Friday, December 04, 2009

Best Practices: What is 'best'?

I know what you're thinking..."What?!?"

As a consultant, many times I will be asked, "what are 'best practices'?" or "can you give us 'best practices'?" Well, I've often thought...what ARE 'best practices'? When I look around at best practices for various things...CSIRPs, IR, etc....I find that many times, the publicly available best practices are based on a particular technology or a particular corporate culture, and will simply not be best or even work at all for a particular customer environment.

Here's an example that I look at, because I have seen it so many're a corporate security person, tasked with some level of incident response. You work for the CISO, and the corporate IT department (which includes the SOC) is nowhere in your management chain. The data center is either in another part of the building, or in another building nearby. During IR activities, you may need to obtain data (could be anything in the IR captures, data from devices, or host-based data, which includes memory and images) from systems managed by the SOC.

What are best practices for this type of situation? Truth be told, you can come up with any best practice, and I can come up with at least one real-world example or reason, and possibly more, why it simply won't work.

So, one best practice might be to immediately go to the data center, take the affected system off-line, and acquire an image of the hard drive via a write-blocker. As the IR guy, do you have access to the data center? In many cases I worked, this would be a big "no". Can you take the affected system off-line? The system may be critical, may be RAID, or may be boot-from-SAN. Do you have money to purchase write-blockers? many cases, no.

The next approach might be to cultivate relationships with the SOC staff and get them to help you. This works sometimes, but it's usually best effort, not best practice. Does the SOC staff have the ability or training to assist you? Sure, plugging in an external HDD and running FTK Imager to obtain a live acquisition might sound easy, but try doing it when it's not part of your job, you aren't trained for it, and your manager/boss is screaming at the team to get stuff done that's already overdue.

Okay, what about pre-deploying a solution? That might work, but remember, you don't own the systems in the data center, so installing some sort of agent, not to monitor, but to allow you to collect data might not be something that you can least not easily. And we all know what happens when the tasks pile up...anything related to security gets popped off the stack.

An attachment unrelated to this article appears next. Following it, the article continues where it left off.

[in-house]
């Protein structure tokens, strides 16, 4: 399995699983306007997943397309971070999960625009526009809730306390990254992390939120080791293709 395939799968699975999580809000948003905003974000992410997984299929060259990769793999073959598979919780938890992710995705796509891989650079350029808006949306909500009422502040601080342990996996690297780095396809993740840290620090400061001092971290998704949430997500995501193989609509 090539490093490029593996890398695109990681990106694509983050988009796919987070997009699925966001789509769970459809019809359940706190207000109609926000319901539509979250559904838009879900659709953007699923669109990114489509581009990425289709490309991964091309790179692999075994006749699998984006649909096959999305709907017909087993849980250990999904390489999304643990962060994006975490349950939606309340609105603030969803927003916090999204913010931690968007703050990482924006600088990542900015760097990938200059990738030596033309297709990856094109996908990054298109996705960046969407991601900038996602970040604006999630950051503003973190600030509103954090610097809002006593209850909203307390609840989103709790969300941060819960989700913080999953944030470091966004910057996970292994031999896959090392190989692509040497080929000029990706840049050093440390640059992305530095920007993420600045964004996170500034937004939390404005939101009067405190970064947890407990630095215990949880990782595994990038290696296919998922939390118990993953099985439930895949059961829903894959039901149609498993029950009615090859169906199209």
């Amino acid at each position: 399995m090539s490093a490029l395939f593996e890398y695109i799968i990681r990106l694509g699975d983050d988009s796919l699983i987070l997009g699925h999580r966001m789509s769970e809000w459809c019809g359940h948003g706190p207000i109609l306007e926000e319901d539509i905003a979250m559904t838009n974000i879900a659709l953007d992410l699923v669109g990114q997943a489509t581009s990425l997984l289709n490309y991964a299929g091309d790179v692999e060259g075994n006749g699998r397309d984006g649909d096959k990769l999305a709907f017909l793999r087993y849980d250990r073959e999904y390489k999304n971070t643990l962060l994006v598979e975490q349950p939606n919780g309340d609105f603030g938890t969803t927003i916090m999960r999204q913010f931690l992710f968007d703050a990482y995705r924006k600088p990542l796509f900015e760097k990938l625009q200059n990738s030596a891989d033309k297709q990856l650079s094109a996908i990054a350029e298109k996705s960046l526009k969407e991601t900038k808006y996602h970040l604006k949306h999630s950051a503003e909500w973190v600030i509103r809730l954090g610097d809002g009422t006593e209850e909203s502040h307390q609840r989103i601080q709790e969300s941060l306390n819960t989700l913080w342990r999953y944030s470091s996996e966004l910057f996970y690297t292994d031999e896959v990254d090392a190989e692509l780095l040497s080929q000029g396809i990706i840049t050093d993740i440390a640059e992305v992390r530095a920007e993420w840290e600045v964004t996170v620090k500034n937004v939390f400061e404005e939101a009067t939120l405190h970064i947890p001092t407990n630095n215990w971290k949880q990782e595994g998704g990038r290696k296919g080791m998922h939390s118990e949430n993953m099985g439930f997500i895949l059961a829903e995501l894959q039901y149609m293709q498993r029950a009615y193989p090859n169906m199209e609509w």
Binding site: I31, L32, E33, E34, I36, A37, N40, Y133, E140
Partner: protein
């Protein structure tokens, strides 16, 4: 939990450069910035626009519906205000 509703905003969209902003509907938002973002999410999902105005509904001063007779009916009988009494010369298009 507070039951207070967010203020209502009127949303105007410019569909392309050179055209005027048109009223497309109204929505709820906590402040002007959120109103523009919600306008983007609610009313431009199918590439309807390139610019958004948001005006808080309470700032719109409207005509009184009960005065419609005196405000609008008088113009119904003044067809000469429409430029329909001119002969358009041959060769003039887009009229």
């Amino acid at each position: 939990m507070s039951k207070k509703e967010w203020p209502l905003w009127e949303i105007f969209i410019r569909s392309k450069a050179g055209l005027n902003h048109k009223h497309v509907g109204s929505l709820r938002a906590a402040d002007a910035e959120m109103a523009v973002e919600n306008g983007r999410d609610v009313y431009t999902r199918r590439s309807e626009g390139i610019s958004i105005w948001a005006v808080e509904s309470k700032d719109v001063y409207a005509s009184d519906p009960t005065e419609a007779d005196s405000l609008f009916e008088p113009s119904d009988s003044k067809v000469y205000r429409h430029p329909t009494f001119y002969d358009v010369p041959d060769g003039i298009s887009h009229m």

I once supported an organization in which the CIRT had NO access to anything in the infrastructure...they didn't even have admin access to their own systems. IF something was flagged and IF the CIRT received notification of it, then they had to ask the NOC staff to collect information from the affected system(s). This amounted to running a single tool against the systems...not a batch file of tools, just one single tool...and more often than not the data wasn't returned in anything close to what you might consider timely.

Sometimes, best practices don't turn out to be usable practices at all. When considering best practices, we need to look beyond just the technology and take geographical, political, and cultural considerations into play.

1 comment:

Roland said...

great post! I've run into exactly the same situation on multiple occasians. One other common situation (for me, at last) is where all IT is outsourced, and no-one knows who owns the data you need.

"Logfiles? Well, youll have to ask the helpdesk." No wait, they get their information from firm X, who cannot give you any info because you're not authorised. Oh, and we don't know how you can get authorization, because there's no protocol for that.

By the time you finally get to the data, all the interesting bits (pun!) are already gone..